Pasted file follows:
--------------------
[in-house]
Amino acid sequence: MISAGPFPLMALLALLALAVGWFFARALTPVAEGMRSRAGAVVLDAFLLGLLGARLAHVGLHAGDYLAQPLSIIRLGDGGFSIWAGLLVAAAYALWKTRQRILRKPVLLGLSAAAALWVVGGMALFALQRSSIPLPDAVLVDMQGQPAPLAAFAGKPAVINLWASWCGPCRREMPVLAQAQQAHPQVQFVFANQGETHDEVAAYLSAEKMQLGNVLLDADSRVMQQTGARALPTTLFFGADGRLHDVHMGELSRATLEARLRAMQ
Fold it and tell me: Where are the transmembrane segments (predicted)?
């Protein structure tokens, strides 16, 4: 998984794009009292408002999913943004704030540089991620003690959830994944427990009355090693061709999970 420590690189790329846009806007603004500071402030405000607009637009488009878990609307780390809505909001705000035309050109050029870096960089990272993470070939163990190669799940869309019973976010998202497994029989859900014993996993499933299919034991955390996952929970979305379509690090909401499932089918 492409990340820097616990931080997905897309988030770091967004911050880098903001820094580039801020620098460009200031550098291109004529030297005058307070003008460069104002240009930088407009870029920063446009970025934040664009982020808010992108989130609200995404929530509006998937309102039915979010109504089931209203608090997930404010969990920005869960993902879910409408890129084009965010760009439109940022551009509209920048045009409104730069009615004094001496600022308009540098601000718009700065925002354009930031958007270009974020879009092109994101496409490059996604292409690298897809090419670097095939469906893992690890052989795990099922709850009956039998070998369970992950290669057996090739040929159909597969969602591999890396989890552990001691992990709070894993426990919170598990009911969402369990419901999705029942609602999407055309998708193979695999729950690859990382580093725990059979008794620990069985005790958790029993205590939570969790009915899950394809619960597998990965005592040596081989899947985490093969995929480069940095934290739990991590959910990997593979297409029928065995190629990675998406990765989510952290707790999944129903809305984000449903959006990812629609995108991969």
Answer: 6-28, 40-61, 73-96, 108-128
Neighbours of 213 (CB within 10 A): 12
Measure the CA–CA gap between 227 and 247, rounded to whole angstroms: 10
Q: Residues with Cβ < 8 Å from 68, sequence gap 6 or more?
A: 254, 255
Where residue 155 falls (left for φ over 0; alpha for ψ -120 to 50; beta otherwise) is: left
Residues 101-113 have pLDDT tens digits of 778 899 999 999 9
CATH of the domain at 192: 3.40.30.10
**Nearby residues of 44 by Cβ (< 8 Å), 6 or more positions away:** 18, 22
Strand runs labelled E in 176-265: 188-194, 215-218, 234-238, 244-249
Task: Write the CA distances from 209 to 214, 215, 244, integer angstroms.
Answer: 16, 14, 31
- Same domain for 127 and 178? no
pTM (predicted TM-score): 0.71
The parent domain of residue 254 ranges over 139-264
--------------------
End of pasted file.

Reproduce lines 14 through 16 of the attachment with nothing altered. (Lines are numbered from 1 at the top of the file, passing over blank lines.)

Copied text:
Strand runs labelled E in 176-265: 188-194, 215-218, 234-238, 244-249
Task: Write the CA distances from 209 to 214, 215, 244, integer angstroms.
Answer: 16, 14, 31